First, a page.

Dr. Stephen (who was the Medical Superintendent of the Mission Hospital, Mysore, from 1936 to 1967) had told this writer: “Sister Hilda Baker, after working for about four years at the Mission Hospital, Hassan, joined the Mission Hospital (The Holdsworth Memorial Hospital), Mysore, as Superintendent and Principal of School of Nursing.” According to Dr. Stephen, Sister Hilda Baker used to dedicatedly teach the Nursing students, take them around the wards and discuss with the young  nurses, what best they could do to reduce the misery of the patients. Though Hilda Baker herself was known for her discipline and rectitude, she never used to shout at any of the staff or patients and their relatives. Instead, Hilda Baker herself had got reprimanded by Dr. Stephen when she had silently assembled the night duty nurses at 1.30 am for an early morning prayer ! Dr. Stephen had in fact warned Hilda Baker: “Hilda, this is no time for prayer, the nurses do need some breathing space, they are not as energetic as  you are!”

A view of Mission Hospital building in Mysuru now.

Sister Hilda Baker joined the Sisters’ Order in 1955, through CSI (Church of South India), Bangalore. To the meetings and the retreats, Hilda Baker would take her ‘glove puppet doll’, which she had named ‘Jimmy.’ She used to wear the glove puppet on her right wrist and palm and would speak her mind through finger movements and divine, soulful voice !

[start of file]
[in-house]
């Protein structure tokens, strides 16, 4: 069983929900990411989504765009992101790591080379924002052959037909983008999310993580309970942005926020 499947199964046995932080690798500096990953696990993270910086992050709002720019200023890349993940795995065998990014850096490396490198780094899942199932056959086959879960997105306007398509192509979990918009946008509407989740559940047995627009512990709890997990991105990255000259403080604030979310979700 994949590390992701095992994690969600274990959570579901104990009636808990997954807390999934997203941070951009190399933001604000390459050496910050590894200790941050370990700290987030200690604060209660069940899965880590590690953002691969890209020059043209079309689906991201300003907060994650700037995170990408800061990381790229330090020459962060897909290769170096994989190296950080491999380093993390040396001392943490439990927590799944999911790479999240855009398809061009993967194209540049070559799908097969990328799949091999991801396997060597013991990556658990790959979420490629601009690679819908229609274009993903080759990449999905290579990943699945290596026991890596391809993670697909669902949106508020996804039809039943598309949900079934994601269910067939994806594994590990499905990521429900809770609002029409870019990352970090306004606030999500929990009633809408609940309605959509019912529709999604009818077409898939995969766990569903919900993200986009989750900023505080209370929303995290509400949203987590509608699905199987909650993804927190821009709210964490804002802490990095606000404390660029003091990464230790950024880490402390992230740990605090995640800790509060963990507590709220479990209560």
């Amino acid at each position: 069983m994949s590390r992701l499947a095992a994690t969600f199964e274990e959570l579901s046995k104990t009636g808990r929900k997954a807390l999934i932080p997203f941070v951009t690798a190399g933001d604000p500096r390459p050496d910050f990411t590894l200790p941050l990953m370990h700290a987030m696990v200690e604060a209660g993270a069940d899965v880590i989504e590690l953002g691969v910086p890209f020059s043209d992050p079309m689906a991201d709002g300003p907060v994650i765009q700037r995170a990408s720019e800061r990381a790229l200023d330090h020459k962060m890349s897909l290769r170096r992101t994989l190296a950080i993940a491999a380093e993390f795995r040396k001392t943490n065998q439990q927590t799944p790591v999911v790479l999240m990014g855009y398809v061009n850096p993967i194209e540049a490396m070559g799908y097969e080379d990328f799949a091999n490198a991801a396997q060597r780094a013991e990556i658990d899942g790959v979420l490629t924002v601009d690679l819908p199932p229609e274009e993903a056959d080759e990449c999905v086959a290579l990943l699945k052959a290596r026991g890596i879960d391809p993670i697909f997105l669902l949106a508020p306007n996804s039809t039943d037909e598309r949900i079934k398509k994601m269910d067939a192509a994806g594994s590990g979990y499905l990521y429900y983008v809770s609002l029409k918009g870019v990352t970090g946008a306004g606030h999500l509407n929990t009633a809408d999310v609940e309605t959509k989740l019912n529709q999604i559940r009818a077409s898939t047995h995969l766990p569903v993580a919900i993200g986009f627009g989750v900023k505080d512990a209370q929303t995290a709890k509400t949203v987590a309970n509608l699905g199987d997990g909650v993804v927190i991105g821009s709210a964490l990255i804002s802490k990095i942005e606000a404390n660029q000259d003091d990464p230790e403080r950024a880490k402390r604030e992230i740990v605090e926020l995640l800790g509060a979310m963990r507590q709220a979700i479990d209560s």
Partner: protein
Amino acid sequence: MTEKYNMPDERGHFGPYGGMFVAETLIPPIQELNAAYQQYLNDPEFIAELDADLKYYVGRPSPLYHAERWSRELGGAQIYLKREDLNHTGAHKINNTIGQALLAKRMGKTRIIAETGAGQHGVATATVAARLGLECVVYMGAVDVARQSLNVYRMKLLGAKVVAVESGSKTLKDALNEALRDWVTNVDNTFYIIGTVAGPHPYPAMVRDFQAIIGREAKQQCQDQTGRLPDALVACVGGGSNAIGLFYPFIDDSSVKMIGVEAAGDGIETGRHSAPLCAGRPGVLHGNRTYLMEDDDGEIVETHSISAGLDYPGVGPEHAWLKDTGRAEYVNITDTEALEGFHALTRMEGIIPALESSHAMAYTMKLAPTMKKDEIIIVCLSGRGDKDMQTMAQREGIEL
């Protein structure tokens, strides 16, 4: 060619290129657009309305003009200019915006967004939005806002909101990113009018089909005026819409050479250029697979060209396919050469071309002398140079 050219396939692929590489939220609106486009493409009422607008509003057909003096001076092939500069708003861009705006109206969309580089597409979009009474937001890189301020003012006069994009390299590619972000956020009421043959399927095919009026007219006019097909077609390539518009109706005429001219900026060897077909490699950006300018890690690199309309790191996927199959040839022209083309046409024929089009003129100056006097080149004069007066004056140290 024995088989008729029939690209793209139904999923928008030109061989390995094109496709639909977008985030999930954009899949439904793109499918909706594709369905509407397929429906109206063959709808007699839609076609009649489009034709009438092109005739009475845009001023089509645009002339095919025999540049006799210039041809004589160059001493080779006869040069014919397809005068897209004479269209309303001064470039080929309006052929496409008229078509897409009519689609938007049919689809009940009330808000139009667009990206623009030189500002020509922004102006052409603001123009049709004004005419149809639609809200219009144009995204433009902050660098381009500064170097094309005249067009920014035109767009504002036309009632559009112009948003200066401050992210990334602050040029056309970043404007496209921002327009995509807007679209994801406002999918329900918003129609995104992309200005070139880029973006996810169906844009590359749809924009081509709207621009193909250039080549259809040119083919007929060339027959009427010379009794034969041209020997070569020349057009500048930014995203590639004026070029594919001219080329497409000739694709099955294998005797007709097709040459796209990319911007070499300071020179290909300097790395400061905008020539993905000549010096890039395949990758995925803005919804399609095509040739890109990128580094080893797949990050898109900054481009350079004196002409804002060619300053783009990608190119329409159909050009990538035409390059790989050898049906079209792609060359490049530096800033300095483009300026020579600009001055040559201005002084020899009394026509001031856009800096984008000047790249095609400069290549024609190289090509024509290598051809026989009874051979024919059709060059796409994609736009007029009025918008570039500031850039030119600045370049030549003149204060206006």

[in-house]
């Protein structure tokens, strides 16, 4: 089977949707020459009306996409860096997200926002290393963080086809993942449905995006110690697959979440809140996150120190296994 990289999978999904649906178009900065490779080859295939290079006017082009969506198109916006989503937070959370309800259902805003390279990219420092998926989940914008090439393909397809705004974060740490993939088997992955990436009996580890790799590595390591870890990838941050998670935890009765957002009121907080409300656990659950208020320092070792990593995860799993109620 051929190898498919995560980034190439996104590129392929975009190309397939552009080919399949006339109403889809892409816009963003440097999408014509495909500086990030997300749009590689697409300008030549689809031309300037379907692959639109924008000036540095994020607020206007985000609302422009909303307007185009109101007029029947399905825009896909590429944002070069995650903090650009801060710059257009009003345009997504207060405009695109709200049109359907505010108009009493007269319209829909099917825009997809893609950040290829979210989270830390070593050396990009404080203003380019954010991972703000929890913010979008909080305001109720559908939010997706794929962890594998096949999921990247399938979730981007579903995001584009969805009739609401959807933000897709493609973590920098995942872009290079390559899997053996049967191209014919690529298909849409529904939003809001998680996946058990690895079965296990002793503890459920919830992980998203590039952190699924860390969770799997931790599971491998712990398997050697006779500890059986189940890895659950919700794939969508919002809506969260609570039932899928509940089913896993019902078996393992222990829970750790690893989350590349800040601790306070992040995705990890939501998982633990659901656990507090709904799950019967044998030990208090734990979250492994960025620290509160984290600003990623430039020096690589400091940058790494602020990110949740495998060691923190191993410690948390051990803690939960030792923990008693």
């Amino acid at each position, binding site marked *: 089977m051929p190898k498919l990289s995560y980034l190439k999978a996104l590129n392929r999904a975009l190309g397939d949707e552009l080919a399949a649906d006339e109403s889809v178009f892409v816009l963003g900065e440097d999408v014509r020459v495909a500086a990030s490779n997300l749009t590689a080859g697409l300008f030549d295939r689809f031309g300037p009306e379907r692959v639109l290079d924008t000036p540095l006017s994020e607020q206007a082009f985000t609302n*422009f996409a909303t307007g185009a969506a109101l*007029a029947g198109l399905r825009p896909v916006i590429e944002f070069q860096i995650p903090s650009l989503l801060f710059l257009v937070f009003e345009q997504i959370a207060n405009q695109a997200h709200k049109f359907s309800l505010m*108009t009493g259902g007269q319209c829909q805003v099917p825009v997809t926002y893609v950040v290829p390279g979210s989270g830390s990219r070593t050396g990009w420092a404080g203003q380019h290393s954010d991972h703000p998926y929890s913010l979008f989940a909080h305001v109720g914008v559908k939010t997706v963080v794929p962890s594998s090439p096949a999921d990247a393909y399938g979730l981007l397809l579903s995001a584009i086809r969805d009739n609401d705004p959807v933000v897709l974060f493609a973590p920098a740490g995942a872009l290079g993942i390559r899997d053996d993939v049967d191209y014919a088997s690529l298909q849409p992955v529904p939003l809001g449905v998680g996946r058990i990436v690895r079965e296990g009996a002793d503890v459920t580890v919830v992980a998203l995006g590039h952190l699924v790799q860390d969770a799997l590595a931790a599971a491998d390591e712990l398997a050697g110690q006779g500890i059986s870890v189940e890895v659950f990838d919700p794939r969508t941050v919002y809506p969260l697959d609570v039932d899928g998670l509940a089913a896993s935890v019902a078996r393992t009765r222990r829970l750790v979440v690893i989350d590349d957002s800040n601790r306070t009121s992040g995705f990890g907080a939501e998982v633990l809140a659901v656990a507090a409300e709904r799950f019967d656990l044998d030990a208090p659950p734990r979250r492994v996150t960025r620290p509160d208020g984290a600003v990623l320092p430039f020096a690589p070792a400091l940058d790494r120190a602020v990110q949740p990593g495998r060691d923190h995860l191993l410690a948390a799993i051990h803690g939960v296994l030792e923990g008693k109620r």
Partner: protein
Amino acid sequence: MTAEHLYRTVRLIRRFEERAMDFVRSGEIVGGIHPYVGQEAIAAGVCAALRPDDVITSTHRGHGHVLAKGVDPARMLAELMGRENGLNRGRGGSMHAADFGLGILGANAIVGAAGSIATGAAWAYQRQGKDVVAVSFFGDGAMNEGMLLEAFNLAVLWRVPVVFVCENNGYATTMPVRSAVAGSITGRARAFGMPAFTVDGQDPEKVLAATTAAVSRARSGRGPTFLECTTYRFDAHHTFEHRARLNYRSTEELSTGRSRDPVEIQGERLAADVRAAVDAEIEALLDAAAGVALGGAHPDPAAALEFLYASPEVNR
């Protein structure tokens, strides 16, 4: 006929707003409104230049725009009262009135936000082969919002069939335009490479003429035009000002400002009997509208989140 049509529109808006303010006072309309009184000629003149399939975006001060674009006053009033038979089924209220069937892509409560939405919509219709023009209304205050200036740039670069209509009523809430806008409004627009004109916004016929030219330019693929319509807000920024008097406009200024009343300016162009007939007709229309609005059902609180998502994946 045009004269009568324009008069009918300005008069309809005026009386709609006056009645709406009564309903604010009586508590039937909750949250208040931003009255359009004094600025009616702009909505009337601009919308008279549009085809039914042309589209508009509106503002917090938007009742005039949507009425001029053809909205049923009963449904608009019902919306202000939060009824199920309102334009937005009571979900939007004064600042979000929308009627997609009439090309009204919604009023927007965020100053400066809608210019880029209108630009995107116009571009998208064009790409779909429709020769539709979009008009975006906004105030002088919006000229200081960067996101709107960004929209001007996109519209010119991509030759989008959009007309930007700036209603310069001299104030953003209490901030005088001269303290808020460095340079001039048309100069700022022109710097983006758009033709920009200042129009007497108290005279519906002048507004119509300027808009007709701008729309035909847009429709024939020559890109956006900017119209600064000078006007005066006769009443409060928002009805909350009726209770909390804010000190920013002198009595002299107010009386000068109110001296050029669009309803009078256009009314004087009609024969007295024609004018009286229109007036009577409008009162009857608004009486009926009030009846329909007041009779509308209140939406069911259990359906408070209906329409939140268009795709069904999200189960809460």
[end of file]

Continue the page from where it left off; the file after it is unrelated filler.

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While working at ‘The Holdsworth Memorial Hospital’, Mysore, Sister Hilda Baker, quite often got to interact with the members of the Royal Family of Mysore, who used to come for routine medical check ups. Thus, Sister Hilda developed a great rapport with the first family of Mysore. The members of the Royal Family often used to go hunting at H.D. Kote’s thick forests. On one such occasion, when Sister Hilda accompanied the members   of the Mysore Royal Family to H.D. Kote, her vision and mission took a new dimension. She saw the poor villagers of H.D. Kote, with substandard living conditions and decided to take up ‘The Village Welfare Work’ at Jakkahalli,    Dasahalli and Dattahalla villages of H.D. Kote.

Soon after her retirement in 1970 at the Mission Hospital, Mysore, Hilda Baker started commuting from Mysore to H.D. Kote. She also purchased eight acres of land in H.D. Kote and started a crèche for the children of village women, who worked in the fields.

Sister Hilda Baker with a dignitary.

Hilda Baker was appointed as the Chairperson of “Water Development and Adult Literacy Project” of Dattahalla village of H.D. Kote, for which funds were provided by ‘The World Vision International of California’ and from the money sanctioned for the same under the Central Government’s Five Year Plan.